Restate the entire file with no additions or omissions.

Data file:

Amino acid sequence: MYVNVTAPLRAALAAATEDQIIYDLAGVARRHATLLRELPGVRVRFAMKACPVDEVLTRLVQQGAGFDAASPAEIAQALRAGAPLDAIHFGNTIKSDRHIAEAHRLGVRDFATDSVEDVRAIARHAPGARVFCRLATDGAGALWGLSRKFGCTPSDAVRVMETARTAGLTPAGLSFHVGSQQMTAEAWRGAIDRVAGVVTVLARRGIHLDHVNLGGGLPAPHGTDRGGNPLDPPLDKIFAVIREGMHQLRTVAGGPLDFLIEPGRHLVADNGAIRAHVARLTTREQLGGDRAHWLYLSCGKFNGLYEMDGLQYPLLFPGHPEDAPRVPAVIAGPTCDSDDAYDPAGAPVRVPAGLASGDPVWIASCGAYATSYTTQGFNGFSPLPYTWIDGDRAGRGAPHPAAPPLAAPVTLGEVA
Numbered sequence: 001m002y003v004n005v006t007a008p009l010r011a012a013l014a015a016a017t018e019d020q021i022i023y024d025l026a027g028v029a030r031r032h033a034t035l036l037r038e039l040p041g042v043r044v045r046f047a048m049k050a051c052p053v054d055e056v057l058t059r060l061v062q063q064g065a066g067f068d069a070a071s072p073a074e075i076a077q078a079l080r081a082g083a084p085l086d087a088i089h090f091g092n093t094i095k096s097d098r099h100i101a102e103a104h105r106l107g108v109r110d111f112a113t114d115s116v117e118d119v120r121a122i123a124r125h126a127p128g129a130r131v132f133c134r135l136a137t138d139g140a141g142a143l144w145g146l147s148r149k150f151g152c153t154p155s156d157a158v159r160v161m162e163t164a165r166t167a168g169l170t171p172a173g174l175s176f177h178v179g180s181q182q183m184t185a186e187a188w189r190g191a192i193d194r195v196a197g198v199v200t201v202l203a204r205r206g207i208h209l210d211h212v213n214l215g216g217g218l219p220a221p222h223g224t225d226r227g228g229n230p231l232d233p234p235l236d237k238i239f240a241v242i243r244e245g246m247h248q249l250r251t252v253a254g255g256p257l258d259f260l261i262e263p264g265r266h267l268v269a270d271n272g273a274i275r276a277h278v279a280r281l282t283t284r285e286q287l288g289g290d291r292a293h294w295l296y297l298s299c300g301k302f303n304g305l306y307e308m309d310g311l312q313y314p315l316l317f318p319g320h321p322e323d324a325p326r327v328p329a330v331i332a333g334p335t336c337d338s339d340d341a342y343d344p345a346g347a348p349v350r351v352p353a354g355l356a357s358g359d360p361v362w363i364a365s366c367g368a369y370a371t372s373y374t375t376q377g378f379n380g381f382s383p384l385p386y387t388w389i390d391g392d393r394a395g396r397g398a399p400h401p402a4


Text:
Amino acid sequence: MYVNVTAPLRAALAAATEDQIIYDLAGVARRHATLLRELPGVRVRFAMKACPVDEVLTRLVQQGAGFDAASPAEIAQALRAGAPLDAIHFGNTIKSDRHIAEAHRLGVRDFATDSVEDVRAIARHAPGARVFCRLATDGAGALWGLSRKFGCTPSDAVRVMETARTAGLTPAGLSFHVGSQQMTAEAWRGAIDRVAGVVTVLARRGIHLDHVNLGGGLPAPHGTDRGGNPLDPPLDKIFAVIREGMHQLRTVAGGPLDFLIEPGRHLVADNGAIRAHVARLTTREQLGGDRAHWLYLSCGKFNGLYEMDGLQYPLLFPGHPEDAPRVPAVIAGPTCDSDDAYDPAGAPVRVPAGLASGDPVWIASCGAYATSYTTQGFNGFSPLPYTWIDGDRAGRGAPHPAAPPLAAPVTLGEVA
Numbered sequence: 001m002y003v004n005v006t007a008p009l010r011a012a013l014a015a016a017t018e019d020q021i022i023y024d025l026a027g028v029a030r031r032h033a034t035l036l037r038e039l040p041g042v043r044v045r046f047a048m049k050a051c052p053v054d055e056v057l058t059r060l061v062q063q064g065a066g067f068d069a070a071s072p073a074e075i076a077q078a079l080r081a082g083a084p085l086d087a088i089h090f091g092n093t094i095k096s097d098r099h100i101a102e103a104h105r106l107g108v109r110d111f112a113t114d115s116v117e118d119v120r121a122i123a124r125h126a127p128g129a130r131v132f133c134r135l136a137t138d139g140a141g142a143l144w145g146l147s148r149k150f151g152c153t154p155s156d157a158v159r160v161m162e163t164a165r166t167a168g169l170t171p172a173g174l175s176f177h178v179g180s181q182q183m184t185a186e187a188w189r190g191a192i193d194r195v196a197g198v199v200t201v202l203a204r205r206g207i208h209l210d211h212v213n214l215g216g217g218l219p220a221p222h223g224t225d226r227g228g229n230p231l232d233p234p235l236d237k238i239f240a241v242i243r244e245g246m247h248q249l250r251t252v253a254g255g256p257l258d259f260l261i262e263p264g265r266h267l268v269a270d271n272g273a274i275r276a277h278v279a280r281l282t283t284r285e286q287l288g289g290d291r292a293h294w295l296y297l298s299c300g301k302f303n304g305l306y307e308m309d310g311l312q313y314p315l316l317f318p319g320h321p322e323d324a325p326r327v328p329a330v331i332a333g334p335t336c337d338s339d340d341a342y343d344p345a346g347a348p349v350r351v352p353a354g355l356a357s358g359d360p361v362w363i364a365s366c367g368a369y370a371t372s373y374t375t376q377g378f379n380g381f382s383p384l385p386y387t388w389i390d391g392d393r394a395g396r397g398a399p400h401p402a4